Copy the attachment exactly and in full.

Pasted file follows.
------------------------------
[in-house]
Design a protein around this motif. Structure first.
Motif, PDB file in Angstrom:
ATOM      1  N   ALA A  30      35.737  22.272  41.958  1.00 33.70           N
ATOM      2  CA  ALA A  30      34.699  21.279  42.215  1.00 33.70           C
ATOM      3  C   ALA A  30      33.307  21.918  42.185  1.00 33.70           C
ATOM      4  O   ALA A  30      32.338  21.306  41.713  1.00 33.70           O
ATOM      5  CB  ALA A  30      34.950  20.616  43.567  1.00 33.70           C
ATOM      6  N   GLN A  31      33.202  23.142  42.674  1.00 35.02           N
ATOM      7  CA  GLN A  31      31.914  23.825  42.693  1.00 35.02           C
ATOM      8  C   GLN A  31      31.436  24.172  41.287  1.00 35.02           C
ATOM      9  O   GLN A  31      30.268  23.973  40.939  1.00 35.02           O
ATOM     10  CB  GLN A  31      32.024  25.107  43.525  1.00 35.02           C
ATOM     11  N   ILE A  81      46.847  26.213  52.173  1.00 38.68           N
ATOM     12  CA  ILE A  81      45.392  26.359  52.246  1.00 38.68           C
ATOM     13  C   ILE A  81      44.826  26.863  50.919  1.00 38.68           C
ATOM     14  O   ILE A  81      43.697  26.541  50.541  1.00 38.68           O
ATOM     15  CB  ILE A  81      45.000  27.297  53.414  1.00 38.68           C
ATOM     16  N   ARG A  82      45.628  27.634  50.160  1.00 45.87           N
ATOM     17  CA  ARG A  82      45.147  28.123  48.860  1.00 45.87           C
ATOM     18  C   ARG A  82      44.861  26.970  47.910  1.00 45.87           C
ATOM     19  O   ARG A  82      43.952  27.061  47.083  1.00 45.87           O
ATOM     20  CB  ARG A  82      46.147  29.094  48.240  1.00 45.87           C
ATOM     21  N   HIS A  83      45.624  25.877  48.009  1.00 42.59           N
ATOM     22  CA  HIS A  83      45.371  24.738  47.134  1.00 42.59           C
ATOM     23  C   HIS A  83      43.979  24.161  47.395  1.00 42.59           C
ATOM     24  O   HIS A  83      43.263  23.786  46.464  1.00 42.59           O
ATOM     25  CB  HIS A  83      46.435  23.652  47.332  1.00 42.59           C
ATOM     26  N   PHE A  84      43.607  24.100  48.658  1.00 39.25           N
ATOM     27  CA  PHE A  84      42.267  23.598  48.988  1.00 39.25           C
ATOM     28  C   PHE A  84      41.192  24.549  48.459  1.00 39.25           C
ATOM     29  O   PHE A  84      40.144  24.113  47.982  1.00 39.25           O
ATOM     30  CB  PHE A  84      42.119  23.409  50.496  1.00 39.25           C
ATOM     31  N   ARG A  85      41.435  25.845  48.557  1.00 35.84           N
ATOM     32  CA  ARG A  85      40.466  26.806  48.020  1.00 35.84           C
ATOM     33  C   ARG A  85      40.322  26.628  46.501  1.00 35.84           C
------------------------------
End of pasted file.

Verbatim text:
[in-house]
Design a protein around this motif. Structure first.
Motif, PDB file in Angstrom:
ATOM      1  N   ALA A  30      35.737  22.272  41.958  1.00 33.70           N
ATOM      2  CA  ALA A  30      34.699  21.279  42.215  1.00 33.70           C
ATOM      3  C   ALA A  30      33.307  21.918  42.185  1.00 33.70           C
ATOM      4  O   ALA A  30      32.338  21.306  41.713  1.00 33.70           O
ATOM      5  CB  ALA A  30      34.950  20.616  43.567  1.00 33.70           C
ATOM      6  N   GLN A  31      33.202  23.142  42.674  1.00 35.02           N
ATOM      7  CA  GLN A  31      31.914  23.825  42.693  1.00 35.02           C
ATOM      8  C   GLN A  31      31.436  24.172  41.287  1.00 35.02           C
ATOM      9  O   GLN A  31      30.268  23.973  40.939  1.00 35.02           O
ATOM     10  CB  GLN A  31      32.024  25.107  43.525  1.00 35.02           C
ATOM     11  N   ILE A  81      46.847  26.213  52.173  1.00 38.68           N
ATOM     12  CA  ILE A  81      45.392  26.359  52.246  1.00 38.68           C
ATOM     13  C   ILE A  81      44.826  26.863  50.919  1.00 38.68           C
ATOM     14  O   ILE A  81      43.697  26.541  50.541  1.00 38.68           O
ATOM     15  CB  ILE A  81      45.000  27.297  53.414  1.00 38.68           C
ATOM     16  N   ARG A  82      45.628  27.634  50.160  1.00 45.87           N
ATOM     17  CA  ARG A  82      45.147  28.123  48.860  1.00 45.87           C
ATOM     18  C   ARG A  82      44.861  26.970  47.910  1.00 45.87           C
ATOM     19  O   ARG A  82      43.952  27.061  47.083  1.00 45.87           O
ATOM     20  CB  ARG A  82      46.147  29.094  48.240  1.00 45.87           C
ATOM     21  N   HIS A  83      45.624  25.877  48.009  1.00 42.59           N
ATOM     22  CA  HIS A  83      45.371  24.738  47.134  1.00 42.59           C
ATOM     23  C   HIS A  83      43.979  24.161  47.395  1.00 42.59           C
ATOM     24  O   HIS A  83      43.263  23.786  46.464  1.00 42.59           O
ATOM     25  CB  HIS A  83      46.435  23.652  47.332  1.00 42.59           C
ATOM     26  N   PHE A  84      43.607  24.100  48.658  1.00 39.25           N
ATOM     27  CA  PHE A  84      42.267  23.598  48.988  1.00 39.25           C
ATOM     28  C   PHE A  84      41.192  24.549  48.459  1.00 39.25           C
ATOM     29  O   PHE A  84      40.144  24.113  47.982  1.00 39.25           O
ATOM     30  CB  PHE A  84      42.119  23.409  50.496  1.00 39.25           C
ATOM     31  N   ARG A  85      41.435  25.845  48.557  1.00 35.84           N
ATOM     32  CA  ARG A  85      40.466  26.806  48.020  1.00 35.84           C
ATOM     33  C   ARG A  85      40.322  26.628  46.501  1.00 35.84           C